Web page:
To date, businesses have only had to contend with a handful of state laws and regulations limiting the concentration of per- and polyfluoroalkyl substances (“PFAS”) in industrial wastewater discharges.
However, on April 28, 2022, EPA issued a guidance memorandum explaining that “EPA will use the NPDES program to restrict PFAS discharges to water bodies. For federally-issued permits, EPA will include requirements to monitor for PFAS, include requirements to use best management practices like product substitution and good housekeeping practices, and establish practices to address PFAS-containing firefighting foams in storm water.” The new memorandum supersedes a November 2020 EPA interim memorandum addressing similar issues, and it reaffirms EPA’s commitment to regulate PFAS compounds as outlined in the PFAS Strategic Roadmap.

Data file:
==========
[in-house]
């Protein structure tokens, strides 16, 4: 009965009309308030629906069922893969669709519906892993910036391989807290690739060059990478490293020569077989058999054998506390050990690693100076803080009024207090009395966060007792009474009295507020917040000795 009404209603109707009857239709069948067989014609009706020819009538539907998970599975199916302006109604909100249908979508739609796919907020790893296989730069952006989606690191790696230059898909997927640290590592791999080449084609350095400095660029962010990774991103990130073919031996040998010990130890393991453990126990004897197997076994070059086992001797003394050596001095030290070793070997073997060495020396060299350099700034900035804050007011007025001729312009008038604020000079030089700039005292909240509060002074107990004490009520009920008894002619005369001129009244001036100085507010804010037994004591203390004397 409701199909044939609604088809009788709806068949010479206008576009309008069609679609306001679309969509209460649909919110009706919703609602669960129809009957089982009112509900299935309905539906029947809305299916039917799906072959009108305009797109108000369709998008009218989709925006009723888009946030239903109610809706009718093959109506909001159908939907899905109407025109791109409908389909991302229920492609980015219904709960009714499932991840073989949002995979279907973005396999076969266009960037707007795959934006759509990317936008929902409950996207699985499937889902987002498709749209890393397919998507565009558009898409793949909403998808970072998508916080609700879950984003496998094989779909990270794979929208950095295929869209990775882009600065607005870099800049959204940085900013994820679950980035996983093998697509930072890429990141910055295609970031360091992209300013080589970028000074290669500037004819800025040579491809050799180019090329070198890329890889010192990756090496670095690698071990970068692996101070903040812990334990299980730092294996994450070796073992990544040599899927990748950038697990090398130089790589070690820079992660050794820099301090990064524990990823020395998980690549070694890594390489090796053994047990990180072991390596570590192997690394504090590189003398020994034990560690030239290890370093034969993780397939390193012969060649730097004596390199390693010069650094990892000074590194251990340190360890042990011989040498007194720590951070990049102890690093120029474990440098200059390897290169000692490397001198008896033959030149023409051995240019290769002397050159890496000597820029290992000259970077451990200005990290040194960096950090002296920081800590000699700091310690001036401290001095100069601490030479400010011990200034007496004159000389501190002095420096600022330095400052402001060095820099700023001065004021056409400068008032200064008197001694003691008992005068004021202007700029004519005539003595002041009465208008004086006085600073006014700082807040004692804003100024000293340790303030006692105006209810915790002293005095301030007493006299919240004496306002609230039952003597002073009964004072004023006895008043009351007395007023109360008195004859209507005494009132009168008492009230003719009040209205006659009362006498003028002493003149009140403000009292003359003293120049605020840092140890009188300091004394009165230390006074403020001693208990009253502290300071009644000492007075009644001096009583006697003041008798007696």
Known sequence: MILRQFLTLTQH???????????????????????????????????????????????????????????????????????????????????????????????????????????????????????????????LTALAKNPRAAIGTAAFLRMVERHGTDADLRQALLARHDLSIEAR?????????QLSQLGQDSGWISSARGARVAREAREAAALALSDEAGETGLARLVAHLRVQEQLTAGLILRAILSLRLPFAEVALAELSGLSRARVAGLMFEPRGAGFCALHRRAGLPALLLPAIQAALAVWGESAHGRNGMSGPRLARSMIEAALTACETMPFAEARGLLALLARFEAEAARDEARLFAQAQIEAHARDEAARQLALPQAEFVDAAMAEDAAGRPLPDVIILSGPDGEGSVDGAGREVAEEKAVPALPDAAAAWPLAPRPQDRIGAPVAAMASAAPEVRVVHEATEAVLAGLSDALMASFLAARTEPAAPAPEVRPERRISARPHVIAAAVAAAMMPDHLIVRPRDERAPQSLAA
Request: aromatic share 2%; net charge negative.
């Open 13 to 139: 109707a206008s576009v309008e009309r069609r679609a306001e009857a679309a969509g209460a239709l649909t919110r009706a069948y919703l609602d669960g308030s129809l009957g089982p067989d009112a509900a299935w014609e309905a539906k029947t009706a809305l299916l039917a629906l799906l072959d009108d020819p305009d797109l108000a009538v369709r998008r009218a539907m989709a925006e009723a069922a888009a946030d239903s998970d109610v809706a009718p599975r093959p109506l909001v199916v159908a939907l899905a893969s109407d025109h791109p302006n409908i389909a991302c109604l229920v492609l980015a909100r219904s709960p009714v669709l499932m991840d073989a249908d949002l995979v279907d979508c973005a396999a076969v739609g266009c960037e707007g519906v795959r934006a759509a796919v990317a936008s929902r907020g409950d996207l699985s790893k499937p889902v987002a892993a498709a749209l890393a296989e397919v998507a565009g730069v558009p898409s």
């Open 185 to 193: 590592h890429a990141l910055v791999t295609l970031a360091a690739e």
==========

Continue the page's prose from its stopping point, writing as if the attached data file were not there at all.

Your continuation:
All of which means that businesses with National Pollutant Discharge Elimination System (“NPDES”) permits need to understand the new guidance, and evaluate whether PFAS discharges in wastewater are relevant to their business.
I. What is EPA Actually Requiring?
The April 28, 2022 Memorandum includes three significant requirements for all EPA-issued NPDES permits for facilities where PFAS substances are expected or likely to be present in their discharge:
- Effluent Monitoring. Permits should include a requirement that facilities use the draft analytical method 1633 to test for the 40 PFAS compounds detectable under that method.
- Monitoring Frequency. Sampling should be conducted quarterly, and all PFAS monitoring data must be reported on Discharge Monitoring Reports.
JD Supra, 27-06-22